Benefits include rise in the level of fully immunized children in the districts to state average 65%, saving 219 children per year and avoiding 5,946 YLDs.  This is valued at INR 378 crores per year at 5% discount rate. Also included is the value of the incentives, INR 7.4 crore as a benefit. At 5 percent discount rate the Benefit-Cost ratio is 37.

Conditional Cash Transfer for ANC Visits

The Problem

In the case of Andhra Pradesh, the proportion of women receiving 4 ANC visit is already high at 76% (the Indian average is 51.2%, NFHS4). It is assumed that this intervention would lead to increase in uptake of ANC to 92%.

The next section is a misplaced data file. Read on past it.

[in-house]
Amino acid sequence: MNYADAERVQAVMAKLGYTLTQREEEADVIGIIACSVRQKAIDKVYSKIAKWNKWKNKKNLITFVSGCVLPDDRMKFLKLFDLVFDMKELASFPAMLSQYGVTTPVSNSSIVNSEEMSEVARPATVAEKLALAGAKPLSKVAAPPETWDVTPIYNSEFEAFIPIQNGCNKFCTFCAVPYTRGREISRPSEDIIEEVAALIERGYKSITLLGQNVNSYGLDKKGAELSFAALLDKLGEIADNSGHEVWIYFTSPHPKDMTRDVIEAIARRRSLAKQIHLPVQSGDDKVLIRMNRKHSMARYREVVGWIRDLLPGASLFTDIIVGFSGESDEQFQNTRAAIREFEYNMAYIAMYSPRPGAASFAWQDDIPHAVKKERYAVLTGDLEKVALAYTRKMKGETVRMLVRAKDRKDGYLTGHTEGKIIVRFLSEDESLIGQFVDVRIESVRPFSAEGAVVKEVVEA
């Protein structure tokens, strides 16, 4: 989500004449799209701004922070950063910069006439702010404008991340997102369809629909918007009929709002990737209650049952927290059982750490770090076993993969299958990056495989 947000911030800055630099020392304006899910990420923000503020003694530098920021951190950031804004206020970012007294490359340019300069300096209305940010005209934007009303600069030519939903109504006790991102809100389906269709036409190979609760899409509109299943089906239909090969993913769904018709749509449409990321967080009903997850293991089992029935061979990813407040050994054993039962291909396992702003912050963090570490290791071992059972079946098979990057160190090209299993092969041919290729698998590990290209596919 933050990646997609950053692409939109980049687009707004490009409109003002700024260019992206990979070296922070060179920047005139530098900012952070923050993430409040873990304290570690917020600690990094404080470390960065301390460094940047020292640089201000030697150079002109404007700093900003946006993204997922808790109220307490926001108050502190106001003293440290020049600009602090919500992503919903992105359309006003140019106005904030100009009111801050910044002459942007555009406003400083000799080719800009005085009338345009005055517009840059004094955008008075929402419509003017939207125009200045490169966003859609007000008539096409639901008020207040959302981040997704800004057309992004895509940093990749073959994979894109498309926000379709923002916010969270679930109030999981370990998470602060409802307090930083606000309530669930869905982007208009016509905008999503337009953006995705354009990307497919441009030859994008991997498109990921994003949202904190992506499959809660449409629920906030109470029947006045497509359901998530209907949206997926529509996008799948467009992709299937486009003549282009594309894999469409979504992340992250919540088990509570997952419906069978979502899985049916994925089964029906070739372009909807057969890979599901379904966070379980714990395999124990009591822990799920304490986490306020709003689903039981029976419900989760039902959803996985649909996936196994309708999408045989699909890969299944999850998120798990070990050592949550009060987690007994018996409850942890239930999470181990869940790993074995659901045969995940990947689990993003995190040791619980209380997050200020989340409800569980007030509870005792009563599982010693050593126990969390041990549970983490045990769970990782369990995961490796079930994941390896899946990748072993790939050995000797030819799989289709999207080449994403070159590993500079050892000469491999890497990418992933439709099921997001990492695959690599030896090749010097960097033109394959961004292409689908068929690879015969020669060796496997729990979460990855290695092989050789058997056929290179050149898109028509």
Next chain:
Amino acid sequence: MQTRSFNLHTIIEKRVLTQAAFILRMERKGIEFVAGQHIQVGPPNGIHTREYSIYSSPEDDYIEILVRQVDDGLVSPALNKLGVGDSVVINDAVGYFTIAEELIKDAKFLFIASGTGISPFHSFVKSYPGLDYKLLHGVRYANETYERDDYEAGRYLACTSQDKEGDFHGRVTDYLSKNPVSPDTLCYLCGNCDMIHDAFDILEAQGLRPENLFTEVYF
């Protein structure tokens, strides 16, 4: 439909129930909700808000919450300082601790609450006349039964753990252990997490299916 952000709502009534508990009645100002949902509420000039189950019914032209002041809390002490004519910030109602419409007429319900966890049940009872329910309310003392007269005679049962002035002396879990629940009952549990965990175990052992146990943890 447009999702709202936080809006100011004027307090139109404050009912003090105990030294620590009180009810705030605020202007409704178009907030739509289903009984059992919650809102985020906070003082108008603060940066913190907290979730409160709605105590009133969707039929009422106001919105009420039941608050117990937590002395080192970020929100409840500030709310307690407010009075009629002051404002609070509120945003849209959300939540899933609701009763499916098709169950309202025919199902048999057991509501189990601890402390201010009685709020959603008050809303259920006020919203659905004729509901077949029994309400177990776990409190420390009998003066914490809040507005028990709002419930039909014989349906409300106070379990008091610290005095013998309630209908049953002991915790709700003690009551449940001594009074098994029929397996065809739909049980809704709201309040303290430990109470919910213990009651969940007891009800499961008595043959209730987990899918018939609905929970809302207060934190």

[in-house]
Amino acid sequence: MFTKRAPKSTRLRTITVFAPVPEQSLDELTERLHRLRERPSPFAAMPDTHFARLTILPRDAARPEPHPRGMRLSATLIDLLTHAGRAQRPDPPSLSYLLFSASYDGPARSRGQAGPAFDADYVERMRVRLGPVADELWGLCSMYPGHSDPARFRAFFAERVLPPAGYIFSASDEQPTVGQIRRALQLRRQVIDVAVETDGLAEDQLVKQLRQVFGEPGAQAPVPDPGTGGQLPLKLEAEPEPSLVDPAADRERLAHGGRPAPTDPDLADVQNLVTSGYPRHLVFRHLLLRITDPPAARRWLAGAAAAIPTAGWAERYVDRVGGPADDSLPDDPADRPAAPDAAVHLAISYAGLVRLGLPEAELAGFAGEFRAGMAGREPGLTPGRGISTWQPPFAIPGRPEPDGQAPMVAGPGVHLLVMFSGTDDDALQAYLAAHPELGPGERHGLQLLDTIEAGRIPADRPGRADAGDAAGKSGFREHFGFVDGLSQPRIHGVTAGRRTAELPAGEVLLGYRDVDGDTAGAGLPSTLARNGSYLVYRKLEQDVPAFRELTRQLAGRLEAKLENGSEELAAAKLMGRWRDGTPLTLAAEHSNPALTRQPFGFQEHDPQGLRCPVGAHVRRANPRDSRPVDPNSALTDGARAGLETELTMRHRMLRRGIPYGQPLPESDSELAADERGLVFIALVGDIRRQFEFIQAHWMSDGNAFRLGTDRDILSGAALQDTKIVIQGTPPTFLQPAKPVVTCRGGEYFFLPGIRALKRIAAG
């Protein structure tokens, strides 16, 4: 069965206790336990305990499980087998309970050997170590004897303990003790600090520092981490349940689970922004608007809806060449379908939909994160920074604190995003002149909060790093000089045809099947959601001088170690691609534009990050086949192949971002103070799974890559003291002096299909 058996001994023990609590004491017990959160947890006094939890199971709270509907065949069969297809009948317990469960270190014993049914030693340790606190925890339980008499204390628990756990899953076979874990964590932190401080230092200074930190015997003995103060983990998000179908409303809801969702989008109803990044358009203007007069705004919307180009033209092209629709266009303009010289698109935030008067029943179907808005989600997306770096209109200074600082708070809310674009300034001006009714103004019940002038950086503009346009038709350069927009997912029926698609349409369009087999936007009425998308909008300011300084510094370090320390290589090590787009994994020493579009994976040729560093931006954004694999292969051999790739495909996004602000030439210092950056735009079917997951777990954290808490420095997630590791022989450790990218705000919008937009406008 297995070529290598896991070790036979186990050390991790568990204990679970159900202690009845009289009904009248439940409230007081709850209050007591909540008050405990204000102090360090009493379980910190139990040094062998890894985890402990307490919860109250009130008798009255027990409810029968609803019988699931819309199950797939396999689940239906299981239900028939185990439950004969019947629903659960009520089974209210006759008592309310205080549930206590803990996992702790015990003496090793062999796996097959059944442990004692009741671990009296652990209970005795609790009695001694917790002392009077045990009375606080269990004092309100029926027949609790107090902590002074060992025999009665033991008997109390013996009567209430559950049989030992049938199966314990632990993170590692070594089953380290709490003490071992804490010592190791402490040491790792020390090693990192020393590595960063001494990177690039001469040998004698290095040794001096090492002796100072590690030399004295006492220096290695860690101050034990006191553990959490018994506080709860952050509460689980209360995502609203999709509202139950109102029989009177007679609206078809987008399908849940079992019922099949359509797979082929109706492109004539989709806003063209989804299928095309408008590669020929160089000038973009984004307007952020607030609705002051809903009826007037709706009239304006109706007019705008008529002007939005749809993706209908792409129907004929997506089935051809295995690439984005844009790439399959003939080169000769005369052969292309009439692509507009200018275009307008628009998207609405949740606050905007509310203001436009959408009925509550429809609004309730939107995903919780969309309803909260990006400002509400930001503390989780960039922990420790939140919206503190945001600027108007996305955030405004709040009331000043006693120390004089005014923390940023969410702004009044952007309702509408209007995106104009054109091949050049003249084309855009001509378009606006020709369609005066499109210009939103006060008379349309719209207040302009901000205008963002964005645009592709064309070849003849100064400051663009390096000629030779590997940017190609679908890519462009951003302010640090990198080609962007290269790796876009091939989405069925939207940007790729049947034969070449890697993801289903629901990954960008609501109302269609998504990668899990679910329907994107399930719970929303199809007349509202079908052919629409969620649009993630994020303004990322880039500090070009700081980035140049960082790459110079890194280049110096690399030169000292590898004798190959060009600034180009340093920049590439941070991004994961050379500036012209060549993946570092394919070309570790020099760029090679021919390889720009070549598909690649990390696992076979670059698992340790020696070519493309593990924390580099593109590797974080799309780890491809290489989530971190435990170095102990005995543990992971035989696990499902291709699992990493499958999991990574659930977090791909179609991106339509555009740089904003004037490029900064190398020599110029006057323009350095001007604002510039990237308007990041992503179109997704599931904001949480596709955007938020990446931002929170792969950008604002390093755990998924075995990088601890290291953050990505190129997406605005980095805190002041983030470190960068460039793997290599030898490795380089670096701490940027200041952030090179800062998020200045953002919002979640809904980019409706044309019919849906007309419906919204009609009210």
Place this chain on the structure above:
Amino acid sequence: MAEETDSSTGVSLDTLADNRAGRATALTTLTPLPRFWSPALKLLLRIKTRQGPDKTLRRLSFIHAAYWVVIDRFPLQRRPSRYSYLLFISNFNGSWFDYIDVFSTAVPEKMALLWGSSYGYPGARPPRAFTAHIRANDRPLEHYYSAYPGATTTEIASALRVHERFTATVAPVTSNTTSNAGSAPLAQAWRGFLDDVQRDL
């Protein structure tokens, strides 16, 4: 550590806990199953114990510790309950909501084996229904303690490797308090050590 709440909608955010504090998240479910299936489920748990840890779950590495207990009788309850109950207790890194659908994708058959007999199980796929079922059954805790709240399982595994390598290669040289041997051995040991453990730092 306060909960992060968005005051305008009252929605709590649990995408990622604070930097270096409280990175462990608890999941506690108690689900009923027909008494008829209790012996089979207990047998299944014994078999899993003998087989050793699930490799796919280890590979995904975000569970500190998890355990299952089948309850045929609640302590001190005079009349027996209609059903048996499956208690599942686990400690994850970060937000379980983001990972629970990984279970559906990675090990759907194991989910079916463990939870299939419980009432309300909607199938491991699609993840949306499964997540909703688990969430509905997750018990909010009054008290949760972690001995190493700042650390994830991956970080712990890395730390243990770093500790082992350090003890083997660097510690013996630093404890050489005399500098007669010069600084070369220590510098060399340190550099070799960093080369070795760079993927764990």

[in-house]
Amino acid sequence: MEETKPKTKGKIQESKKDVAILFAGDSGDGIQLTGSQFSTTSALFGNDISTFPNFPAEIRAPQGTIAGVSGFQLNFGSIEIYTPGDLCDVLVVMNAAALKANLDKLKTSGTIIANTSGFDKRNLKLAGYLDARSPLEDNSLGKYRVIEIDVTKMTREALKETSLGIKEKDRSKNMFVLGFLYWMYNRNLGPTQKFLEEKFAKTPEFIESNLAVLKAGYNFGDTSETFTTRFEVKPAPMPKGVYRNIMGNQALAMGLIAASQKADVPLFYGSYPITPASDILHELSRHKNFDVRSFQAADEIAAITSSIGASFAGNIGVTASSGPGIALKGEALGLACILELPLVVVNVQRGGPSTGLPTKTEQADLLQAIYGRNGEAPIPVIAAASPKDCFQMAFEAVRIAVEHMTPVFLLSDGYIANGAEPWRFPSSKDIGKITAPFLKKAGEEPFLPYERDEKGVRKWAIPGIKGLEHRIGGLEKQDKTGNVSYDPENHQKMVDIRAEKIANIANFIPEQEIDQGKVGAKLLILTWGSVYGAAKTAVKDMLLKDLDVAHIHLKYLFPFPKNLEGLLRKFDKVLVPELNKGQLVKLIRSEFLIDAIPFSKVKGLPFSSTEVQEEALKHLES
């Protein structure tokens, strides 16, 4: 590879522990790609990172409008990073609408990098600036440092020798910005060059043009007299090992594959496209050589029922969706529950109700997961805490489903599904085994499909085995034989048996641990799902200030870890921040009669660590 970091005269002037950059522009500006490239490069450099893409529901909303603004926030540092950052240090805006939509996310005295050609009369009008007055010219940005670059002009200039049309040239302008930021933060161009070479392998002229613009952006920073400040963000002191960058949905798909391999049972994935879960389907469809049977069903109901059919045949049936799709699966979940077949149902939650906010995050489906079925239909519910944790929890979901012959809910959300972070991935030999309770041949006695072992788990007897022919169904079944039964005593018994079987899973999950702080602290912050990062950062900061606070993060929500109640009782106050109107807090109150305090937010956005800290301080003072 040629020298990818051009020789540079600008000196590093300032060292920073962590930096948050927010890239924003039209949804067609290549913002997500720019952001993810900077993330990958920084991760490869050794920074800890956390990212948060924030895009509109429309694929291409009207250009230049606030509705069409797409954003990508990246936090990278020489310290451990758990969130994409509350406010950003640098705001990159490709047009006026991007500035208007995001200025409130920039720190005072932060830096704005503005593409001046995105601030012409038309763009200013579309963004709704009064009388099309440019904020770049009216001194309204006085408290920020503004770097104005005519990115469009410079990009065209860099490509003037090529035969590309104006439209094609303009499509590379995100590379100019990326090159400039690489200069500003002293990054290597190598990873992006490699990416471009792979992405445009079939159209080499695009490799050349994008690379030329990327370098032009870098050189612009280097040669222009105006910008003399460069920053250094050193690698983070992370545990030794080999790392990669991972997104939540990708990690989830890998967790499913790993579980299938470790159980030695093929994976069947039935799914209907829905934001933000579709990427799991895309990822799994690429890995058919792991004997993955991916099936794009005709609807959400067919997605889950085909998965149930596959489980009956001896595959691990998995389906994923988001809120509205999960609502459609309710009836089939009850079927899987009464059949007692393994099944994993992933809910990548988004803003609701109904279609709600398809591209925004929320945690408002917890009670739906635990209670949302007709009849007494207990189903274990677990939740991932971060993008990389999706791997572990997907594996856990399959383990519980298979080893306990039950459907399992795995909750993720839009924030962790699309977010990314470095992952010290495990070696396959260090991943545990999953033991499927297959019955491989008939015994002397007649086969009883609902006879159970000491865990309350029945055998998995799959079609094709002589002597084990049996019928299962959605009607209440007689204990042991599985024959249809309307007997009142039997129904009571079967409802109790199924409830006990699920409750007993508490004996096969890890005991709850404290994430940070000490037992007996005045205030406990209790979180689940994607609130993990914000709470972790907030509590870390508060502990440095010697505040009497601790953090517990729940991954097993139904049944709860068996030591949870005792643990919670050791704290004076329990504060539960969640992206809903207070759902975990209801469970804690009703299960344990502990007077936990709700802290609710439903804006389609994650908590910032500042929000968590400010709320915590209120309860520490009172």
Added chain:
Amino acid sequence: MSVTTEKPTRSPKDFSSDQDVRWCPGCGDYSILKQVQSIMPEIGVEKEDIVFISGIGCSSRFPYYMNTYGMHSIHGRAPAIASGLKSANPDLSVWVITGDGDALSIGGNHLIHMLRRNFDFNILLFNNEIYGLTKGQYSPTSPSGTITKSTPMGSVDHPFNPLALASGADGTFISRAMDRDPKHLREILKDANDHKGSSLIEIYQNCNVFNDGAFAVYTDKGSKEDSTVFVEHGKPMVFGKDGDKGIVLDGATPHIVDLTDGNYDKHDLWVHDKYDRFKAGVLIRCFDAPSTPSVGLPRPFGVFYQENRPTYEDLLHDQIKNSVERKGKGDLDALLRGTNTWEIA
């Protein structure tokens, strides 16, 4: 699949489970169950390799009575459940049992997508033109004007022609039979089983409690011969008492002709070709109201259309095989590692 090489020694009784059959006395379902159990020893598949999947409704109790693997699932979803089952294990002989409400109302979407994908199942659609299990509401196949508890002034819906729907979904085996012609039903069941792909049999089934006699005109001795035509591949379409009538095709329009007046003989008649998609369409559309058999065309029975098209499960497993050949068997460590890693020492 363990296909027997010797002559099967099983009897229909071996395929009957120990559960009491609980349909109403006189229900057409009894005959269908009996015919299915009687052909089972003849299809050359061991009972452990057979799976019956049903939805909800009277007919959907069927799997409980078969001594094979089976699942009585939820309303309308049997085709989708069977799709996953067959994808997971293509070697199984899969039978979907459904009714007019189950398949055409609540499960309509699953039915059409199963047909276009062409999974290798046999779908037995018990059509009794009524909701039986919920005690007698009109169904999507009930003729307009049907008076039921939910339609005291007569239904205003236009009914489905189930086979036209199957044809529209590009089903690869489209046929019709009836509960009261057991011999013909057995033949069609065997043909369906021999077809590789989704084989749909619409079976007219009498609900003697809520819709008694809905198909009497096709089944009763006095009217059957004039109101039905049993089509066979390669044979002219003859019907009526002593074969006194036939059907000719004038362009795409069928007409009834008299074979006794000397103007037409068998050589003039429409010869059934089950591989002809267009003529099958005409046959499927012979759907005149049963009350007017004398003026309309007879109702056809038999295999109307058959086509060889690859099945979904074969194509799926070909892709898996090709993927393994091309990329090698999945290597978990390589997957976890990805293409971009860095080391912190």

The Solution

The objective of this intervention is to provide conditional cash transfer of Rs. 2000 for accessing 4 Antenatal check-up (ANC) visits during pregnancy.

Costs

The total cost of this intervention is 163 crores, which is a sum of INR 151 crores for the cash incentives, and 12 crores for health system and private costs of mothers making new ANC visits.

Benefits

Benefits estimated include reduction in neonatal mortality of 6 per 1000 live births. This will save 804 infant lives per year and avert 6,062 YLDs. The health benefit is valued at INR 575 crores and with the incentive benefit of INR 151 crores, the total benefit is therefore 950 crores (5% discount). The benefit cost ratio is 6.

Project:

  • India Consensus
  • Andhra Pradesh Priorities

Research topics: